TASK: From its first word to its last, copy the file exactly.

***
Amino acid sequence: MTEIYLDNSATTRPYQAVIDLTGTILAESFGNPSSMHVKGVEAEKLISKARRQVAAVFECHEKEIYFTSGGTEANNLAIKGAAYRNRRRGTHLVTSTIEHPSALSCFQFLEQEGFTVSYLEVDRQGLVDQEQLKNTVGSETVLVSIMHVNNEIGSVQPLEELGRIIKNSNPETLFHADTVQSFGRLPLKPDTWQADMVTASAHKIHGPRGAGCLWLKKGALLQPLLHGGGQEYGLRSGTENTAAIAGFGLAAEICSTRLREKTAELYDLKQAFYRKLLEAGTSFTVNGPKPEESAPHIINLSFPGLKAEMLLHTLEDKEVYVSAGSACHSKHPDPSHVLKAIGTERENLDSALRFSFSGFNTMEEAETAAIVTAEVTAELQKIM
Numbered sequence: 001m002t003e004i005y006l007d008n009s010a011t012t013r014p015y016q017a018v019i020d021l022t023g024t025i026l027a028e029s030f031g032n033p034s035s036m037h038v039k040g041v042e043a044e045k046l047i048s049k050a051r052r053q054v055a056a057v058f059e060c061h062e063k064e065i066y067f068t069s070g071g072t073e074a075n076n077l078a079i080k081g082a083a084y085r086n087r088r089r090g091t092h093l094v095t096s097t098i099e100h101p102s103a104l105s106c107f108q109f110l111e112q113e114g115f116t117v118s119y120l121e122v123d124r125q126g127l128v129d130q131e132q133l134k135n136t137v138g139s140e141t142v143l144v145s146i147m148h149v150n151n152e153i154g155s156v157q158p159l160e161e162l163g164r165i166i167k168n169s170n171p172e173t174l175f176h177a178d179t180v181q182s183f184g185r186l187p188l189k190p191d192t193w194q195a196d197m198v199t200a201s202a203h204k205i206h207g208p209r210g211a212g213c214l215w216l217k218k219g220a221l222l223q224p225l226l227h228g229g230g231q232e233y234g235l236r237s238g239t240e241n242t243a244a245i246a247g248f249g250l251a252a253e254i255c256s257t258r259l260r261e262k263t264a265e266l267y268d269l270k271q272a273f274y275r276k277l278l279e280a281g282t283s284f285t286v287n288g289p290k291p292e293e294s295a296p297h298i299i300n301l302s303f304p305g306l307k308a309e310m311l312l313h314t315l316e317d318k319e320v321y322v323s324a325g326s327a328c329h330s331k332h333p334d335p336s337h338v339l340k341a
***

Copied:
Amino acid sequence: MTEIYLDNSATTRPYQAVIDLTGTILAESFGNPSSMHVKGVEAEKLISKARRQVAAVFECHEKEIYFTSGGTEANNLAIKGAAYRNRRRGTHLVTSTIEHPSALSCFQFLEQEGFTVSYLEVDRQGLVDQEQLKNTVGSETVLVSIMHVNNEIGSVQPLEELGRIIKNSNPETLFHADTVQSFGRLPLKPDTWQADMVTASAHKIHGPRGAGCLWLKKGALLQPLLHGGGQEYGLRSGTENTAAIAGFGLAAEICSTRLREKTAELYDLKQAFYRKLLEAGTSFTVNGPKPEESAPHIINLSFPGLKAEMLLHTLEDKEVYVSAGSACHSKHPDPSHVLKAIGTERENLDSALRFSFSGFNTMEEAETAAIVTAEVTAELQKIM
Numbered sequence: 001m002t003e004i005y006l007d008n009s010a011t012t013r014p015y016q017a018v019i020d021l022t023g024t025i026l027a028e029s030f031g032n033p034s035s036m037h038v039k040g041v042e043a044e045k046l047i048s049k050a051r052r053q054v055a056a057v058f059e060c061h062e063k064e065i066y067f068t069s070g071g072t073e074a075n076n077l078a079i080k081g082a083a084y085r086n087r088r089r090g091t092h093l094v095t096s097t098i099e100h101p102s103a104l105s106c107f108q109f110l111e112q113e114g115f116t117v118s119y120l121e122v123d124r125q126g127l128v129d130q131e132q133l134k135n136t137v138g139s140e141t142v143l144v145s146i147m148h149v150n151n152e153i154g155s156v157q158p159l160e161e162l163g164r165i166i167k168n169s170n171p172e173t174l175f176h177a178d179t180v181q182s183f184g185r186l187p188l189k190p191d192t193w194q195a196d197m198v199t200a201s202a203h204k205i206h207g208p209r210g211a212g213c214l215w216l217k218k219g220a221l222l223q224p225l226l227h228g229g230g231q232e233y234g235l236r237s238g239t240e241n242t243a244a245i246a247g248f249g250l251a252a253e254i255c256s257t258r259l260r261e262k263t264a265e266l267y268d269l270k271q272a273f274y275r276k277l278l279e280a281g282t283s284f285t286v287n288g289p290k291p292e293e294s295a296p297h298i299i300n301l302s303f304p305g306l307k308a309e310m311l312l313h314t315l316e317d318k319e320v321y322v323s324a325g326s327a328c329h330s331k332h333p334d335p336s337h338v339l340k341a